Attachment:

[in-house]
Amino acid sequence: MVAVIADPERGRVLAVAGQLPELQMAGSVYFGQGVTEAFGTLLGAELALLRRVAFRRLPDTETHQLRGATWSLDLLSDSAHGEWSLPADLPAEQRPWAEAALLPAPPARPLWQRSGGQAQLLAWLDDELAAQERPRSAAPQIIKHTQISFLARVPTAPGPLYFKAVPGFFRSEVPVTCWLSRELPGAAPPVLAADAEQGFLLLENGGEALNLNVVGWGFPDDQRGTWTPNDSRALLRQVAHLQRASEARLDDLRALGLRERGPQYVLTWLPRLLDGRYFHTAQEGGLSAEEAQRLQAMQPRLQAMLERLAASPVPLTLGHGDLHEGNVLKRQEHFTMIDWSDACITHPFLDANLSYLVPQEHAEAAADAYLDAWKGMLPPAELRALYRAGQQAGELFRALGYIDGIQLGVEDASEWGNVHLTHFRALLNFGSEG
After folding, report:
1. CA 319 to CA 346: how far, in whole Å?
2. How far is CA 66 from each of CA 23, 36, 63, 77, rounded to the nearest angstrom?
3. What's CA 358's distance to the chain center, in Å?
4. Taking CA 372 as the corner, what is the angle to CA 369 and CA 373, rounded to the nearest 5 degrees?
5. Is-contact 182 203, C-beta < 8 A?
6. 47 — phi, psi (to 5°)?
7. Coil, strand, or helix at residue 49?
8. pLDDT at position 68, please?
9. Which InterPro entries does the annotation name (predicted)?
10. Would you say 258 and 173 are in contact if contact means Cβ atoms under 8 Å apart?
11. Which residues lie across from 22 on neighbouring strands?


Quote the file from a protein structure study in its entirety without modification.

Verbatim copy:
[in-house]
Amino acid sequence: MVAVIADPERGRVLAVAGQLPELQMAGSVYFGQGVTEAFGTLLGAELALLRRVAFRRLPDTETHQLRGATWSLDLLSDSAHGEWSLPADLPAEQRPWAEAALLPAPPARPLWQRSGGQAQLLAWLDDELAAQERPRSAAPQIIKHTQISFLARVPTAPGPLYFKAVPGFFRSEVPVTCWLSRELPGAAPPVLAADAEQGFLLLENGGEALNLNVVGWGFPDDQRGTWTPNDSRALLRQVAHLQRASEARLDDLRALGLRERGPQYVLTWLPRLLDGRYFHTAQEGGLSAEEAQRLQAMQPRLQAMLERLAASPVPLTLGHGDLHEGNVLKRQEHFTMIDWSDACITHPFLDANLSYLVPQEHAEAAADAYLDAWKGMLPPAELRALYRAGQQAGELFRALGYIDGIQLGVEDASEWGNVHLTHFRALLNFGSEG
After folding, report:
1. CA 319 to CA 346: how far, in whole Å?
2. How far is CA 66 from each of CA 23, 36, 63, 77, rounded to the nearest angstrom?
3. What's CA 358's distance to the chain center, in Å?
4. Taking CA 372 as the corner, what is the angle to CA 369 and CA 373, rounded to the nearest 5 degrees?
5. Is-contact 182 203, C-beta < 8 A?
6. 47 — phi, psi (to 5°)?
7. Coil, strand, or helix at residue 49?
8. pLDDT at position 68, please?
9. Which InterPro entries does the annotation name (predicted)?
10. Would you say 258 and 173 are in contact if contact means Cβ atoms under 8 Å apart?
11. Which residues lie across from 22 on neighbouring strands?